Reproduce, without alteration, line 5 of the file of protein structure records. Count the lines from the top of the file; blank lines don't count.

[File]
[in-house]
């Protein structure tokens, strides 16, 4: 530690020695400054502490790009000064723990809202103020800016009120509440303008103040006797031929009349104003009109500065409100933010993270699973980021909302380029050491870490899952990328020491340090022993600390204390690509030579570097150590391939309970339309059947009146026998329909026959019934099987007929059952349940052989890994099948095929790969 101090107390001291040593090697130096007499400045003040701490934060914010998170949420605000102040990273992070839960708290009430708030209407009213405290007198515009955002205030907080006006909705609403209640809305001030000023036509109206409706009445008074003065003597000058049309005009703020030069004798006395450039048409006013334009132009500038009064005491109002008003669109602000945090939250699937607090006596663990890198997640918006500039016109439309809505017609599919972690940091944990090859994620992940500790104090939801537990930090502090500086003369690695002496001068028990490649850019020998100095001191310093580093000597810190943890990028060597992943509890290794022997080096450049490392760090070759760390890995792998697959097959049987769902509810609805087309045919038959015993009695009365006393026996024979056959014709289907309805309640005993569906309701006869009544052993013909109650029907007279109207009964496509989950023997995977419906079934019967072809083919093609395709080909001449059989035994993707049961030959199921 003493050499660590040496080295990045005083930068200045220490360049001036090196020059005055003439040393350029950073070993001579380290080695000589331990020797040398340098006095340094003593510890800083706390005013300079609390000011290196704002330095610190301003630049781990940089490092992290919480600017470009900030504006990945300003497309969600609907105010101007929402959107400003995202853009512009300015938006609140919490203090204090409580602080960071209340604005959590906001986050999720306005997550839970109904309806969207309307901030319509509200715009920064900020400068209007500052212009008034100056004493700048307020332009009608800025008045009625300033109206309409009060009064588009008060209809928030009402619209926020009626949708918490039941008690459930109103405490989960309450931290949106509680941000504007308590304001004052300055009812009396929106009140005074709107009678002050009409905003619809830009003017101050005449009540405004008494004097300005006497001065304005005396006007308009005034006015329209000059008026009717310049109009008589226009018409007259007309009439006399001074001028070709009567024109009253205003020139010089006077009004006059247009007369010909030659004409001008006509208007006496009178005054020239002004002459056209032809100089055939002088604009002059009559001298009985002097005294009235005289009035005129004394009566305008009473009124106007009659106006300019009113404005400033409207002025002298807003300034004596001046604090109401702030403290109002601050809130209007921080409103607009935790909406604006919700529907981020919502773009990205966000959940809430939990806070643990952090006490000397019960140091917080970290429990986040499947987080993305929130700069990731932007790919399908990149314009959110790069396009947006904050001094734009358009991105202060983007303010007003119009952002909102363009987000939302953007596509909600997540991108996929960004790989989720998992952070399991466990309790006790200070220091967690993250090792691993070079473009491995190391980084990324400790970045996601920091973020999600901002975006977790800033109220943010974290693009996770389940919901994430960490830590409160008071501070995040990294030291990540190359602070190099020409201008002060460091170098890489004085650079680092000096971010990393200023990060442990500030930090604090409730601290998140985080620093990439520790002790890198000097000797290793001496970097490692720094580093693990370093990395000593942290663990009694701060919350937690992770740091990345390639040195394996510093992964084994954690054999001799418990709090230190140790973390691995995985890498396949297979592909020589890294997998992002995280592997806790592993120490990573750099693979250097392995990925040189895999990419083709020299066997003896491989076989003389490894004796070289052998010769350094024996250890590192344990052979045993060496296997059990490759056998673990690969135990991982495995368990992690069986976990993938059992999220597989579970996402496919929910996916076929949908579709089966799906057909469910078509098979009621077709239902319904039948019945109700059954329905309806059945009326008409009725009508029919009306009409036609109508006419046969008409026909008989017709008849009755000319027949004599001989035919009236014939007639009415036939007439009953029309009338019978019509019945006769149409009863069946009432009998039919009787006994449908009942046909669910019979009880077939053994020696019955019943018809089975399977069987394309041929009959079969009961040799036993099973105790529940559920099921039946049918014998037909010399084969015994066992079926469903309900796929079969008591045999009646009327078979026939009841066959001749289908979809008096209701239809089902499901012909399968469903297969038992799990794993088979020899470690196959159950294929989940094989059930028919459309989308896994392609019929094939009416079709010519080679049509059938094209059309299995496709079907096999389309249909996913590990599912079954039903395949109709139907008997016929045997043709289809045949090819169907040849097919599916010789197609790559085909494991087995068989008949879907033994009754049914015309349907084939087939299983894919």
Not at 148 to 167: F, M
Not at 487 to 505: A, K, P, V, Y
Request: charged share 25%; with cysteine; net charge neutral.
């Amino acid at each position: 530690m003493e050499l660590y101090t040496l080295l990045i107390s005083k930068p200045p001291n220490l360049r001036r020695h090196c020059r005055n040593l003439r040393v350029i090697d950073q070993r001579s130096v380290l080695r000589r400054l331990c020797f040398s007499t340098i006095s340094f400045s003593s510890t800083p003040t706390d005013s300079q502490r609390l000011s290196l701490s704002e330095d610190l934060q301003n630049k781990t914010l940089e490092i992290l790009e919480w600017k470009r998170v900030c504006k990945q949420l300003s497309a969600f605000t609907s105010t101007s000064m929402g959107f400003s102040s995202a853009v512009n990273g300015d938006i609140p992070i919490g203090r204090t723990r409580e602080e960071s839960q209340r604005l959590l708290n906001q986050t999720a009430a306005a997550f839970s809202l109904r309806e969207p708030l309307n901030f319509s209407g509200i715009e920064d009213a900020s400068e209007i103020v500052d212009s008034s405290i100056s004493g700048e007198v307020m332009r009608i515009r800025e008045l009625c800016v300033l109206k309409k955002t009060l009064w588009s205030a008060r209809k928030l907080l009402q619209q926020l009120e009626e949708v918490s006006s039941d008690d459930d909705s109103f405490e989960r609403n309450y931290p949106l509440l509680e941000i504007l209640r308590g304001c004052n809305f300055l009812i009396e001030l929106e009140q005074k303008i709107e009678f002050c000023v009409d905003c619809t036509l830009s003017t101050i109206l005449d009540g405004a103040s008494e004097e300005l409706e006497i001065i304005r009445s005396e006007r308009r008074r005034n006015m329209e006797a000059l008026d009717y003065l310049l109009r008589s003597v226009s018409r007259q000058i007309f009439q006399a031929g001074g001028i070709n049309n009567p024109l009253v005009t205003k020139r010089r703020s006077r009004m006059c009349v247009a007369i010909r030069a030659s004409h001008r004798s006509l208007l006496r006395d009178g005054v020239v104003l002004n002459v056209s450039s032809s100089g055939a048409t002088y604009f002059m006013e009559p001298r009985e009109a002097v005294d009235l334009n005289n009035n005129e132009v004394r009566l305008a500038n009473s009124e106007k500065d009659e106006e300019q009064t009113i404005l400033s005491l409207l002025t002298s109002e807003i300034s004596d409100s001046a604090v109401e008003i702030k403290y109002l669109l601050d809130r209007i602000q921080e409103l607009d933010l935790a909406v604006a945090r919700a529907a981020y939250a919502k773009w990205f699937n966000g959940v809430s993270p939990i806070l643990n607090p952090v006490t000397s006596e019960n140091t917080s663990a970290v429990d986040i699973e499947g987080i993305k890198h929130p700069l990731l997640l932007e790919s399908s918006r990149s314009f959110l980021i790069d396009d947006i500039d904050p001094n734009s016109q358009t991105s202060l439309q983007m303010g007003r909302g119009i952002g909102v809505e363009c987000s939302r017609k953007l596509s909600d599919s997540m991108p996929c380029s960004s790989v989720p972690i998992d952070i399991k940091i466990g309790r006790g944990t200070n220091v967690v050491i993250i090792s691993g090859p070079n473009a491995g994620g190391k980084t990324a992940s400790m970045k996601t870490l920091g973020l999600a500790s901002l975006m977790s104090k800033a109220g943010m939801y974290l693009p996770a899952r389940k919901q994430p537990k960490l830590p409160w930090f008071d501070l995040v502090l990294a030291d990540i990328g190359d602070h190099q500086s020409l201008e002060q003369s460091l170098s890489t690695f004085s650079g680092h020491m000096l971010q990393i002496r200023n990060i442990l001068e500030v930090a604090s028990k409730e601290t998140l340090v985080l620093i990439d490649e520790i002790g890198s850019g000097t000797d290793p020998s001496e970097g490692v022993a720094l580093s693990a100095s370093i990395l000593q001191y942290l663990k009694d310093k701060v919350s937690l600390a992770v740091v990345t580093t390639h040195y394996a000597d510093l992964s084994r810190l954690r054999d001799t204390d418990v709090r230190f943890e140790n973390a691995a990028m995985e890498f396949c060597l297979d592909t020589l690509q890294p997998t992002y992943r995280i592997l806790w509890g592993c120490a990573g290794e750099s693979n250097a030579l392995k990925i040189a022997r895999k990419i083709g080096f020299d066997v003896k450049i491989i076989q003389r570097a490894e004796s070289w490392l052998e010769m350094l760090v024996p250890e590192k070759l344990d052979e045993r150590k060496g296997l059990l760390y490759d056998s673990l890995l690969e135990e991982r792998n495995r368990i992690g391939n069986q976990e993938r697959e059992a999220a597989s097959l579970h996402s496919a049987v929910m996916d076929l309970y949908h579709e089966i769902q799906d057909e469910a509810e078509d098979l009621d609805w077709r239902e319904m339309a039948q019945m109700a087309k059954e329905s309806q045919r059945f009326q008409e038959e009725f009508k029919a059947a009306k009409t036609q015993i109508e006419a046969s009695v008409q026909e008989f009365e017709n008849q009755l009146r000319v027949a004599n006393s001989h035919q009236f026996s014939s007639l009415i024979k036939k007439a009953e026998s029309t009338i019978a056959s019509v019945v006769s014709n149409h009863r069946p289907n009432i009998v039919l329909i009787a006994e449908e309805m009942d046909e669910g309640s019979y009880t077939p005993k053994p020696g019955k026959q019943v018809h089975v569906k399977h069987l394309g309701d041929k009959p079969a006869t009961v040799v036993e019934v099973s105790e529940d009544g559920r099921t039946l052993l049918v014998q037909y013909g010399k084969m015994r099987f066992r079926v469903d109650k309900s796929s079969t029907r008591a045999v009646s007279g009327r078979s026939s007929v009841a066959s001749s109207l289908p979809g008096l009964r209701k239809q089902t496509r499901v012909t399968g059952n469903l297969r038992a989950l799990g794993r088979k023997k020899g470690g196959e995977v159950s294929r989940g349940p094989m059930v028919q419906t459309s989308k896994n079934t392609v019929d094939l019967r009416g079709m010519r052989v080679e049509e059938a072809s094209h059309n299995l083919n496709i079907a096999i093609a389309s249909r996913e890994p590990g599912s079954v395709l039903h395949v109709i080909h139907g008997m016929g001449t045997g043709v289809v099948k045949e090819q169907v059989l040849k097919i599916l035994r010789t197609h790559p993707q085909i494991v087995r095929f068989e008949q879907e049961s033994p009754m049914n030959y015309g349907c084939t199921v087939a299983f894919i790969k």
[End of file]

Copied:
Request: charged share 25%; with cysteine; net charge neutral.